Moral Guidance in Human Nature
THIS BOOKEXPLORESAN understanding of morality consistent with the Christian tradition of morality. Yet the premise of the book is that this approach to morality can help all young adults, no matter what religious group they indentify with, figure out how to lead the kinds of lives they want and truly deserve. How is that possible? How can a moral framework be both broadly appealing to all who believe in God and at the same time consistent with the revelation of Jesus Christ as the center of all history?
Natural law does assume a person believes in God, but it does not rely on belief in the divinity of Christ. God is the creator and God places us in the world in a framework by which we can know what God wants us to do. However, the natural law conviction is that by our human nature, we know what it is that we are supposed to strive for and what we are supposed to avoid.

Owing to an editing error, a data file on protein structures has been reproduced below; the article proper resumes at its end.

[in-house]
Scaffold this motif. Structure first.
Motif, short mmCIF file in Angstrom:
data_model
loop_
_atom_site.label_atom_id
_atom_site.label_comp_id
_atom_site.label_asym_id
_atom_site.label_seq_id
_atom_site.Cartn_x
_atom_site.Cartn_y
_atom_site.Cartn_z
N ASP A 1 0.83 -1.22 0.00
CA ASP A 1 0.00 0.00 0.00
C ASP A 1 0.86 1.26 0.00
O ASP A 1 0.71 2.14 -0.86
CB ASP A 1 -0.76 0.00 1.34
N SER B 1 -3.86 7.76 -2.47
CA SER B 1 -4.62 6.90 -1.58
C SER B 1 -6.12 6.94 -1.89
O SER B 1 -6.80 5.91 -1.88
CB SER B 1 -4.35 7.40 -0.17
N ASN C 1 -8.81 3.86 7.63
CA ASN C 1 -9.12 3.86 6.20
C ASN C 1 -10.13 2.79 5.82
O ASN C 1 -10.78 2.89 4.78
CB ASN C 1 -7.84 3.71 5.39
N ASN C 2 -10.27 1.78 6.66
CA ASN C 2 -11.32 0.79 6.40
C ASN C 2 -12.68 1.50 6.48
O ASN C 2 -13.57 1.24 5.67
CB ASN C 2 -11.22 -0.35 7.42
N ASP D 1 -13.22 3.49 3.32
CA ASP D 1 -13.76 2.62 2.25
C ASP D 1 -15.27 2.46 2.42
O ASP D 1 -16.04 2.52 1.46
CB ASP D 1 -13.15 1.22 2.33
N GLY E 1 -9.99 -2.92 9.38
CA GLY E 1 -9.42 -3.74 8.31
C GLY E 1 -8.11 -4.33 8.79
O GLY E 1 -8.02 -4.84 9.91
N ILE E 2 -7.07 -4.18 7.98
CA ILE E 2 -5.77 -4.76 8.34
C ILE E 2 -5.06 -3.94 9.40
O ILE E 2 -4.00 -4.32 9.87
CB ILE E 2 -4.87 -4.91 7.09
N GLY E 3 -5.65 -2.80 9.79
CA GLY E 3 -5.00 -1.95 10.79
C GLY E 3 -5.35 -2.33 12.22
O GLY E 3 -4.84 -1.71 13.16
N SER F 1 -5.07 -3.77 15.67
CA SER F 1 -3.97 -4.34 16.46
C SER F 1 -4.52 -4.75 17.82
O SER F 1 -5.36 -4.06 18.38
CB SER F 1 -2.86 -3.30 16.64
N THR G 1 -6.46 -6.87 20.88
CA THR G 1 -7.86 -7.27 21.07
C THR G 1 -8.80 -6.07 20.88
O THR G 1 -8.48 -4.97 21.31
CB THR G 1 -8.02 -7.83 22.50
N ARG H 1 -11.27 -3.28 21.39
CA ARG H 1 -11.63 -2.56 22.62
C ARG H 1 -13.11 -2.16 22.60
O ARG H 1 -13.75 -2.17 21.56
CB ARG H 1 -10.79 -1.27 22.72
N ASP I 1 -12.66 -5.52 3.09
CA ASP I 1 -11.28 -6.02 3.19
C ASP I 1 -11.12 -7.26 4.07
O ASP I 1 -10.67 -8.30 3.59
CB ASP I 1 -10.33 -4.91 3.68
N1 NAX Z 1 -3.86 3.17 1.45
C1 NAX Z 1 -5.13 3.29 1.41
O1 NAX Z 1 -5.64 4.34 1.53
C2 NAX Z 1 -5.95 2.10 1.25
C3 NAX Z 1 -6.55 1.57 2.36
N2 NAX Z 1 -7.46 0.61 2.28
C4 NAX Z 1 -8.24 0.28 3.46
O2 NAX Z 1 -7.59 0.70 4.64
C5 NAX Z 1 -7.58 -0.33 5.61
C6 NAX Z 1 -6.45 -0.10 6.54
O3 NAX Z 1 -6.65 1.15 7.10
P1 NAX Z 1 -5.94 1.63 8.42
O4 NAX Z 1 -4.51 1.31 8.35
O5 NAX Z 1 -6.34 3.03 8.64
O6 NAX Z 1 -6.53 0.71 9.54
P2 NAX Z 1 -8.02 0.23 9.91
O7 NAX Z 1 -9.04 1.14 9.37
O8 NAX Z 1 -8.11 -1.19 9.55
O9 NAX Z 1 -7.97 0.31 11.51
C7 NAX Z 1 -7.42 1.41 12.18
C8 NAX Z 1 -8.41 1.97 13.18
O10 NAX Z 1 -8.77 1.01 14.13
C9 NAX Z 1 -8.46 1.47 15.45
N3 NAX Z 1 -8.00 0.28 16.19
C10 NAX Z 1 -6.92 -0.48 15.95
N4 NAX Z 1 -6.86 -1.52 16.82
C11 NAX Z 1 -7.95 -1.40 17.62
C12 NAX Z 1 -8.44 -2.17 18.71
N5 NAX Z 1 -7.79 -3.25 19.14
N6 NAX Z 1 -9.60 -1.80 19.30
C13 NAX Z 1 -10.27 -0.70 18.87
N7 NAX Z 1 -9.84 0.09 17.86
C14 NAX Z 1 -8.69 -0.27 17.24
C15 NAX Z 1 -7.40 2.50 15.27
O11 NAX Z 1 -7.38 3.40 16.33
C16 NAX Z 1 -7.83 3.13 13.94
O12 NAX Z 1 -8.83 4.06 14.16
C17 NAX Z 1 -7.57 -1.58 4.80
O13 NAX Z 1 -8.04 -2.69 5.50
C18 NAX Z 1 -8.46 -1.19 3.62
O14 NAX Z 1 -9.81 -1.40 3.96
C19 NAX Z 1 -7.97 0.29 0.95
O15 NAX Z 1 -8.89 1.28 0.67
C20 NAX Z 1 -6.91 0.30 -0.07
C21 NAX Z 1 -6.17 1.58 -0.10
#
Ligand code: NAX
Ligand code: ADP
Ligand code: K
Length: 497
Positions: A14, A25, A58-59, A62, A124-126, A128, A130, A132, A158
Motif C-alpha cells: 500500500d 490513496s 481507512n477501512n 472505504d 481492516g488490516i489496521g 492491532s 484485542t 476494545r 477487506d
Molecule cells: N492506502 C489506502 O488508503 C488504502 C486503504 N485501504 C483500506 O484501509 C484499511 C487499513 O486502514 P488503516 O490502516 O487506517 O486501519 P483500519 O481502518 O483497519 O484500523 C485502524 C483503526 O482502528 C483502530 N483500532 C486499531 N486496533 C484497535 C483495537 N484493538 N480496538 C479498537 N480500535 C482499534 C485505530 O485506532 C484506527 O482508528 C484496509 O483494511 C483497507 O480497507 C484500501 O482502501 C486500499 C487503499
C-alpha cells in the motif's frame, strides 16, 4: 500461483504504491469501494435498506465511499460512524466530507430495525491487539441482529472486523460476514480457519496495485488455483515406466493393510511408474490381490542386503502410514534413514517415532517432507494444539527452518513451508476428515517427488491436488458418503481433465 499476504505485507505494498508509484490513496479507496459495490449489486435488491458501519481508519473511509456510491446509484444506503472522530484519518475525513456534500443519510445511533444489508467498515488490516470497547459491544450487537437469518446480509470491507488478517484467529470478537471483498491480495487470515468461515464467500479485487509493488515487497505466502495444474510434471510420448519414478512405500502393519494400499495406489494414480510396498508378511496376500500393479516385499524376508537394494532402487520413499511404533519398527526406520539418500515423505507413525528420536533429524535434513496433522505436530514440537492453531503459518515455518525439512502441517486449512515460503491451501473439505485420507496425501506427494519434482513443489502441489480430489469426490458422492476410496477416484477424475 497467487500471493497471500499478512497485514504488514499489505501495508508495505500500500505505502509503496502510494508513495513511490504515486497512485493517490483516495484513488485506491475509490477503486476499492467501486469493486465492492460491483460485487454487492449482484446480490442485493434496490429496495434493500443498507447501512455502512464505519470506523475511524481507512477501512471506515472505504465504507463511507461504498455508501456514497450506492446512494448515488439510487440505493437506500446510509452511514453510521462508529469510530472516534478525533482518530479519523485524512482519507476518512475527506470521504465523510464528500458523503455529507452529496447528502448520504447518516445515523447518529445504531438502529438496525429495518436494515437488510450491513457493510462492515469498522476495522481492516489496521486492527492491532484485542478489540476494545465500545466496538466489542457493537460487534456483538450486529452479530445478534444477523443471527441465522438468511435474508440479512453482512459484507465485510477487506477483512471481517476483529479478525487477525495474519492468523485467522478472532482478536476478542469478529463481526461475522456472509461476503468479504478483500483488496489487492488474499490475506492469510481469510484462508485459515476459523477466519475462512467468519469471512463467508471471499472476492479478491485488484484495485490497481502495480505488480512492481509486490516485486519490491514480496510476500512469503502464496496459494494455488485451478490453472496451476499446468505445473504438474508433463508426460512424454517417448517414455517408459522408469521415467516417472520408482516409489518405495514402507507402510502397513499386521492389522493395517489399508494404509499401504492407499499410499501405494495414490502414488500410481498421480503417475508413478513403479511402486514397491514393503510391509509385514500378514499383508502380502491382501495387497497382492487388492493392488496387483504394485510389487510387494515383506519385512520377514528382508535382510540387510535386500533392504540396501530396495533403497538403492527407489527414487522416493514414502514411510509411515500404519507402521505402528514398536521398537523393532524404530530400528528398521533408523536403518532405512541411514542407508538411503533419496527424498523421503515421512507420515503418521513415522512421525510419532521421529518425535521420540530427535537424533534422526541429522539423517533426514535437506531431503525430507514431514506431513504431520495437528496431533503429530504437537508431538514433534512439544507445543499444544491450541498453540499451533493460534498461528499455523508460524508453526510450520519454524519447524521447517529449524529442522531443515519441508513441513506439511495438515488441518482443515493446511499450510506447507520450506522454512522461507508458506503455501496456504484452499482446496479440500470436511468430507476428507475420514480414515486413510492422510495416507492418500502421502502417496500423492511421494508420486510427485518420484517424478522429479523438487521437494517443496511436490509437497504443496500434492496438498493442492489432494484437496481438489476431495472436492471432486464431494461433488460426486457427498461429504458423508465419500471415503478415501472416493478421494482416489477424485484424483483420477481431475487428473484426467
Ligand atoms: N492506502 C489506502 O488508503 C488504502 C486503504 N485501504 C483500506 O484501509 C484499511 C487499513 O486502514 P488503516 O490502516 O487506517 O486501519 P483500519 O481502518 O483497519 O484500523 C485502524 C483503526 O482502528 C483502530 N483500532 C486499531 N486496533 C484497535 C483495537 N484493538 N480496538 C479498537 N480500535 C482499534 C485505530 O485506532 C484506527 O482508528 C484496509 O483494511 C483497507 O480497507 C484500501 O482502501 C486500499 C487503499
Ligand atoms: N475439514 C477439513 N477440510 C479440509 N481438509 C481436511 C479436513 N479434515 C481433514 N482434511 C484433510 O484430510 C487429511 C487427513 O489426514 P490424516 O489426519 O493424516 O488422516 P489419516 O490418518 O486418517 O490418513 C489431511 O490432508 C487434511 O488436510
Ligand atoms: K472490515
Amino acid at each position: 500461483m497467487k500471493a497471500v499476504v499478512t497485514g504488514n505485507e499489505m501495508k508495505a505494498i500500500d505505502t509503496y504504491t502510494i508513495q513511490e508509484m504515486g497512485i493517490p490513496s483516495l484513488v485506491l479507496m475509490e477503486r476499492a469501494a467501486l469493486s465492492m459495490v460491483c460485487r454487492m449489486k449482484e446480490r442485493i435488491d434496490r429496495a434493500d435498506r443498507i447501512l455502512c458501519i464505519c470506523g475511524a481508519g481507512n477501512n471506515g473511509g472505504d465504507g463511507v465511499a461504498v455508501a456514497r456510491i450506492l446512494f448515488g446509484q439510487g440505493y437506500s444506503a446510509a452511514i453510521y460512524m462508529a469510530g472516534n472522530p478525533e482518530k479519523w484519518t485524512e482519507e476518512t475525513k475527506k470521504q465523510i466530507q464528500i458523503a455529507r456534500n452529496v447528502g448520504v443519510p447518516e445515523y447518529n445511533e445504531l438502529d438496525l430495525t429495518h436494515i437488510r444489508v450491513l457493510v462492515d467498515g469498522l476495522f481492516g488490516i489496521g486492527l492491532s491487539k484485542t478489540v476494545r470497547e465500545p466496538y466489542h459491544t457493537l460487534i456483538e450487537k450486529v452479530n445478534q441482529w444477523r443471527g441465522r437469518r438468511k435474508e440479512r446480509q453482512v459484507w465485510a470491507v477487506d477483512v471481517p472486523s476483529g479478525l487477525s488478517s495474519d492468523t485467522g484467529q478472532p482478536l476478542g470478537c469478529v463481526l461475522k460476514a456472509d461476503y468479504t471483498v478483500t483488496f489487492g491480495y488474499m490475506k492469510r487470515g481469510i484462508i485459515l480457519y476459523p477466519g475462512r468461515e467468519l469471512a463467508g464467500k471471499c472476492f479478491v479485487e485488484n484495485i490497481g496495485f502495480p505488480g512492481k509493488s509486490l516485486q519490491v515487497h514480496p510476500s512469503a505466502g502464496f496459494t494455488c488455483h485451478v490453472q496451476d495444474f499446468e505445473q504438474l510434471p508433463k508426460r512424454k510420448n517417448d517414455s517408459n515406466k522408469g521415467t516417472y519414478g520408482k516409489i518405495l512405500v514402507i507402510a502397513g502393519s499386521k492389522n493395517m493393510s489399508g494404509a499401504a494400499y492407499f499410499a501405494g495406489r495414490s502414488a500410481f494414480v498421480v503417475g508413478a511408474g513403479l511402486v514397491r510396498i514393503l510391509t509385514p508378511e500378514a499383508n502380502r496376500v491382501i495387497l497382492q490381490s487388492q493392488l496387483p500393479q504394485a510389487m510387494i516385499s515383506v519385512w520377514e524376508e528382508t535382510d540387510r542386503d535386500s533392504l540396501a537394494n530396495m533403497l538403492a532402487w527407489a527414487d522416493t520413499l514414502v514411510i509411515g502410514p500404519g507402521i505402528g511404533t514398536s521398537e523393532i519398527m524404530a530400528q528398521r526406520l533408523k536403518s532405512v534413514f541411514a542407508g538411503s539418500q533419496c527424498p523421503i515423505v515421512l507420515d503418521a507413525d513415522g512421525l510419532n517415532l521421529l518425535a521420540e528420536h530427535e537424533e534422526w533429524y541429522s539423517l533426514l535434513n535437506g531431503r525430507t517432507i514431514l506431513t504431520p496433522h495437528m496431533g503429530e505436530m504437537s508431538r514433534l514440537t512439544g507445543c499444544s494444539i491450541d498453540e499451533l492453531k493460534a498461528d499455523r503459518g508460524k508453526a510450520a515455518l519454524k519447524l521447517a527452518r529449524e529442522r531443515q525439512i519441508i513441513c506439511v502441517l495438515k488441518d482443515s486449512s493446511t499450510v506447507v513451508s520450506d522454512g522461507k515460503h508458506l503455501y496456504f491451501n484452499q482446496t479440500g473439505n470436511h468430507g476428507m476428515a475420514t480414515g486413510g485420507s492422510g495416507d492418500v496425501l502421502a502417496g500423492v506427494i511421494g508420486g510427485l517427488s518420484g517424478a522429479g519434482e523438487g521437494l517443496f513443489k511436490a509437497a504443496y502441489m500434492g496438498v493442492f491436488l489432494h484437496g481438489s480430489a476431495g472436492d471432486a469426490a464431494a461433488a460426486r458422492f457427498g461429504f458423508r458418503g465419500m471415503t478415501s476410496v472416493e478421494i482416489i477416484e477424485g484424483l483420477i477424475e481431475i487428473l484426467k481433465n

The moral standards in a natural law approach are built on human nature (which is part of the larger “book of nature” r eferred to earlier). But human nature includes the world in which a man or woman exists. So, for any person, “human nature” includes not just the person, but the community in which he is raised and in which he now lives. It also consists of his relationship to the physical world and includes whatever knowledge he has of himself, society, and science.
Natural law uses as its norm the “plain man” or the “plain woman.” The person need not be particularly well educated. She just has to be raised in a community and do the normal things that people do when they are young.